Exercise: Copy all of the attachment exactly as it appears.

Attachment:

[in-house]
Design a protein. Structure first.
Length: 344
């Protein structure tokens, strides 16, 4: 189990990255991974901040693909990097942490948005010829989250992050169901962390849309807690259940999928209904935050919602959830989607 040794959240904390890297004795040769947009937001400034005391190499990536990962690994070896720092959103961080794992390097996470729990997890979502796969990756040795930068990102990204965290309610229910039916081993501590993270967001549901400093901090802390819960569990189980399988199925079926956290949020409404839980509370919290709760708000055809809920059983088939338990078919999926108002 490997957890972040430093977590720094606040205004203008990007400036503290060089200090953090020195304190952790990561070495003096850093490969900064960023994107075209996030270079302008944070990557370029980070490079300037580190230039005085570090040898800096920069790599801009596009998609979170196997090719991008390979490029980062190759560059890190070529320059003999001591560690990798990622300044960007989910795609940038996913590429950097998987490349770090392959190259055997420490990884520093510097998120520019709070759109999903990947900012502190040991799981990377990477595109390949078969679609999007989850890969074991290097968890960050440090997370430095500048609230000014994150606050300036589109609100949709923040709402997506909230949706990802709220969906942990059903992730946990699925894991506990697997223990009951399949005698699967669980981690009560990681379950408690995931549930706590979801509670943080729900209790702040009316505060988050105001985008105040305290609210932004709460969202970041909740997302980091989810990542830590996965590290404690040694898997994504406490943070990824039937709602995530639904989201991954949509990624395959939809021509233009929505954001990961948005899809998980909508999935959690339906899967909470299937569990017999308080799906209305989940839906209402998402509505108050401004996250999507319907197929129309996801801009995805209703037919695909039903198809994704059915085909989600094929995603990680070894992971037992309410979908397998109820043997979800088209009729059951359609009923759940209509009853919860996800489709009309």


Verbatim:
[in-house]
Design a protein. Structure first.
Length: 344
């Protein structure tokens, strides 16, 4: 189990990255991974901040693909990097942490948005010829989250992050169901962390849309807690259940999928209904935050919602959830989607 040794959240904390890297004795040769947009937001400034005391190499990536990962690994070896720092959103961080794992390097996470729990997890979502796969990756040795930068990102990204965290309610229910039916081993501590993270967001549901400093901090802390819960569990189980399988199925079926956290949020409404839980509370919290709760708000055809809920059983088939338990078919999926108002 490997957890972040430093977590720094606040205004203008990007400036503290060089200090953090020195304190952790990561070495003096850093490969900064960023994107075209996030270079302008944070990557370029980070490079300037580190230039005085570090040898800096920069790599801009596009998609979170196997090719991008390979490029980062190759560059890190070529320059003999001591560690990798990622300044960007989910795609940038996913590429950097998987490349770090392959190259055997420490990884520093510097998120520019709070759109999903990947900012502190040991799981990377990477595109390949078969679609999007989850890969074991290097968890960050440090997370430095500048609230000014994150606050300036589109609100949709923040709402997506909230949706990802709220969906942990059903992730946990699925894991506990697997223990009951399949005698699967669980981690009560990681379950408690995931549930706590979801509670943080729900209790702040009316505060988050105001985008105040305290609210932004709460969202970041909740997302980091989810990542830590996965590290404690040694898997994504406490943070990824039937709602995530639904989201991954949509990624395959939809021509233009929505954001990961948005899809998980909508999935959690339906899967909470299937569990017999308080799906209305989940839906209402998402509505108050401004996250999507319907197929129309996801801009995805209703037919695909039903198809994704059915085909989600094929995603990680070894992971037992309410979908397998109820043997979800088209009729059951359609009923759940209509009853919860996800489709009309």